Tuesday, March 27, 2007

EU council agrees on Payment Services Directive: start of the fee-blame-game

Today, the European council agreed on the Payment Services Directive. This means that if European Parliament also agrees on this text, we may have a payment services directive agreed before the summer. But... the disinformation and blame game has already begun.

First of all, all press players in the Netherlands mixed up the PSD as a directive with market developments in the domain of cards, suggesting that there were going to be a third kind of Eurowide-payments cards as a result of the directive. Which is nonsense ! The directive arranges for a legal framework for all kinds of payments, regardless of brand or type (cards or credit-transfer, direct debit etc). While this framework will help as a legal basis for the EU-internal market for payments, it does not stipulate a thing as to:
- future card payments,
- number portability (all over the Dutch news this afternoon, was the message that the directive would demand banks to introduce number portability of bank accounts).

Yet, the discussions are all about whether or not this regulation will lead to cost/price hikes or changes in payments. So it looks as if retailers have succeeded in colouring and simplifying the European discussion to the single issue that migration to more panEuropean card payment schemes might lead to higher fees for them. And also the Ministry of Finance is stating that is anxious not to see prices rise as a result of the European developments.

The thing is, prices will of course rise. And that has nothing to do with bank kartels or any market development for cards, but merely with the fact that all regulation comes at a price. This PSD is most likely going to be consumer friendly, meaning that banks will have to make a bunch of costs to achieve speedy and transparent payments with detailed contract agreements. And someone will have to pay for that.

The European Commissions was by the way, one of the first to outline how and by whom these costs should be borne: the customer. In the Commissions impact analysis (a sort of cost/benefit analysis) for this directive it is outlined that Europe may earn about 50-100 billion euro yearly as a result of more efficient payments. Their analysis is - briefly put on p 65 - that cash is a bleeder and that we need to make sure that cost-oriented fee-setting occurs in retail payments:

A more detailed breakdown reveals that cash, above all, is the main cost driver and accounts for as much as 60–70 % of the total cost of the payment system, or in other words 2 % of GDP. These studies estimate the cost per economic transaction when paid for in cash between EUR 0.30 to EUR 0.5562. Congruent with these findings, other studies confirm the cost of cash at about 1.36 % of sale value or 2.3 % of transaction value (EUR 0.32 for transaction value of EUR 14).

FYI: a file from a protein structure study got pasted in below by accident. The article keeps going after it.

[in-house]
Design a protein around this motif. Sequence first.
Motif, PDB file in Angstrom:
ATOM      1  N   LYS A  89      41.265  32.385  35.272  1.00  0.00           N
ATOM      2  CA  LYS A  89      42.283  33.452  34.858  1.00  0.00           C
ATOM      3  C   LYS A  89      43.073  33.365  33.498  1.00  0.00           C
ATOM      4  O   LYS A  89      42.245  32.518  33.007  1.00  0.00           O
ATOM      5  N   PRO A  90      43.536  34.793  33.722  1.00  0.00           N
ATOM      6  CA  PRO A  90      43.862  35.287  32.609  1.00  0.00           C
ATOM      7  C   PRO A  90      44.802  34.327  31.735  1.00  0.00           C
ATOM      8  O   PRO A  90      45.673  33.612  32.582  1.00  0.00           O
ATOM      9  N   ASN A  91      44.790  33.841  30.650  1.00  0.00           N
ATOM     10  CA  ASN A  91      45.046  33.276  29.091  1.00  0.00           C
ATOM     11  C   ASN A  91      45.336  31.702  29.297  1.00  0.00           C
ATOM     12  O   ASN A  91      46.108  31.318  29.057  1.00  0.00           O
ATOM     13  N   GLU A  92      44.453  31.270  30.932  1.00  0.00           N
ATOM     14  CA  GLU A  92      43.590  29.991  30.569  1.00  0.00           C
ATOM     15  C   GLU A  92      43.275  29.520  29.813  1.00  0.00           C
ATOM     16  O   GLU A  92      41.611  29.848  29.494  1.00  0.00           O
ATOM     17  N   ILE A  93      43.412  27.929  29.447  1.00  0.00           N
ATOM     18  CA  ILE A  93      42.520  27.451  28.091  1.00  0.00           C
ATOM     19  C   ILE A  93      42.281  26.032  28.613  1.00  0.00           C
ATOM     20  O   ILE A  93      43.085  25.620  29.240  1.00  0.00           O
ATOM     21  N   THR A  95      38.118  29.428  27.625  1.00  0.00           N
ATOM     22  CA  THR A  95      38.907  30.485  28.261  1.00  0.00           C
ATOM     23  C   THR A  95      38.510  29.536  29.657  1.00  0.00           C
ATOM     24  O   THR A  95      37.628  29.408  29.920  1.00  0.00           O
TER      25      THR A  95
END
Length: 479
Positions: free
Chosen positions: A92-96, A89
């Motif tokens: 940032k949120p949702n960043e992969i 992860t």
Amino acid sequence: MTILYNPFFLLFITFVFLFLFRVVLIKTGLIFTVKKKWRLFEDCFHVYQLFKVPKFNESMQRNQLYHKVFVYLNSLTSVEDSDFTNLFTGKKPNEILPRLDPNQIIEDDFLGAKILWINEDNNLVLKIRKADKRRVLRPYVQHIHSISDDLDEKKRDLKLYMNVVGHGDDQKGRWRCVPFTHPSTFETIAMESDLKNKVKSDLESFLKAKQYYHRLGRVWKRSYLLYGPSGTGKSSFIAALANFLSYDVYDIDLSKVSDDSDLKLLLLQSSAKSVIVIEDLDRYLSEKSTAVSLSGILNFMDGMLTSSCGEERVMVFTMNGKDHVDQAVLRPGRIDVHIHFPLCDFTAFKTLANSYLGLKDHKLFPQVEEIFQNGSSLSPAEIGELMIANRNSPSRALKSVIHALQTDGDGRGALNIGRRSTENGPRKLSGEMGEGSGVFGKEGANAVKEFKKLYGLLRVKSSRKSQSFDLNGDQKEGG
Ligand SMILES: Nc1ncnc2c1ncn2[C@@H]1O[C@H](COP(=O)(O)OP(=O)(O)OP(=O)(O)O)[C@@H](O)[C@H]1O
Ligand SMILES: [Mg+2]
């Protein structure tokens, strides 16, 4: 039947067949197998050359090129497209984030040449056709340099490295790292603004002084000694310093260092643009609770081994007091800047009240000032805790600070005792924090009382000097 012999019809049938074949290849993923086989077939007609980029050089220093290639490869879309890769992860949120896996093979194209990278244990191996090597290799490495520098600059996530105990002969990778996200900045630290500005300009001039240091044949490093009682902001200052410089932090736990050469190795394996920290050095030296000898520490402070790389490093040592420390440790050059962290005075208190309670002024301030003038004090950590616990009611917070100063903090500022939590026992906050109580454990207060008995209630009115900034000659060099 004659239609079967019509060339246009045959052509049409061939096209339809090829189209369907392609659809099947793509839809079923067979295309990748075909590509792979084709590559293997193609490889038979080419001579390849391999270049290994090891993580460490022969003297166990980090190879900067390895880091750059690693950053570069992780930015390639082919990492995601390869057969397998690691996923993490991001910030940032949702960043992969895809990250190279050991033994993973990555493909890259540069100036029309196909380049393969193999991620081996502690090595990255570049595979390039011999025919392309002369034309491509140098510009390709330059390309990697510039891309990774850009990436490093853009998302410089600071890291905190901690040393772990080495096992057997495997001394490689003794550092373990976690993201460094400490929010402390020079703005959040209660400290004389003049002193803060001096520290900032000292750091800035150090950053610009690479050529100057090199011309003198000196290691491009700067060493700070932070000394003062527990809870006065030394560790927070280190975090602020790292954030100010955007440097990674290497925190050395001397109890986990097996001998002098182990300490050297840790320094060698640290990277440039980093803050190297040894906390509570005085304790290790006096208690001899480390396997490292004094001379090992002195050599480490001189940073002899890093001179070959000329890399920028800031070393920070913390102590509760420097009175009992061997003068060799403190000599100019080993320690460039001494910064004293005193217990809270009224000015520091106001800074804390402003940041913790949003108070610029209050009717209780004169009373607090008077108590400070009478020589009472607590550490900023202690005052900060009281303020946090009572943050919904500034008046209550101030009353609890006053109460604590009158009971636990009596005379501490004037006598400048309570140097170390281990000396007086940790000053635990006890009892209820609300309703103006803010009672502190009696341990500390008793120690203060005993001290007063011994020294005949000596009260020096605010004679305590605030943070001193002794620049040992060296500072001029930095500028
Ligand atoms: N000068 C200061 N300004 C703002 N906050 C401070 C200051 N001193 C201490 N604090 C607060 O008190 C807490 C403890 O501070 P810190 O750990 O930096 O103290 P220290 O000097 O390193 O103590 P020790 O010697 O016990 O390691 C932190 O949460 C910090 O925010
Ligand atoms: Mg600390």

The overall social cost of using payment services could be reduced if consumers and business selected the means of payments in a more rational way. When prices paid by users reflect the real cost value of the service, they provide an incentive for users to select services that meet their needs at the lowest possible private and social cost. This promotes the efficiency of the payment system. It is well documented in studies that cost-based pricing of payment services triggers customer behaviour and the right price signals can drive customers to select more efficient payment services rather than less efficient ones.

So we can see that retailers, Ministry of Finance and European Commisison are now all beginning another round of the blame game, suggesting it is the banks who are keen to increase prices. While completely leaving out the message to the public that their projected financial benefits of this whole directive consist of direct pricing of cash (and retail payments in general) to the customer.

While I can understand the retailers position (use any argument as long as politicians buy it) I am a bit disappointed that both Ministry of Finance and European Commission and European Parliament so easily fall for their reasoning. Institutions, regulators and members of parliament should not suggest in any way that regulation will not cost money to society. Either they should aim at selling this directive and its benefits of 50-100 billion euro to the public and also include the complex message of cost-oriented pricing in retail payments (including cash). Alternatively, they should recognize that they themselves are too afraid to sell direct transaction pricing to the public. In that case they should be so polite not to poke the fire about banks rising prices (given that they out of fear for further Euroscepsis they don't wish the public to know that it's their regulation that is causing it).

If this is how we want the future of Europe be shaped... quo vadis...?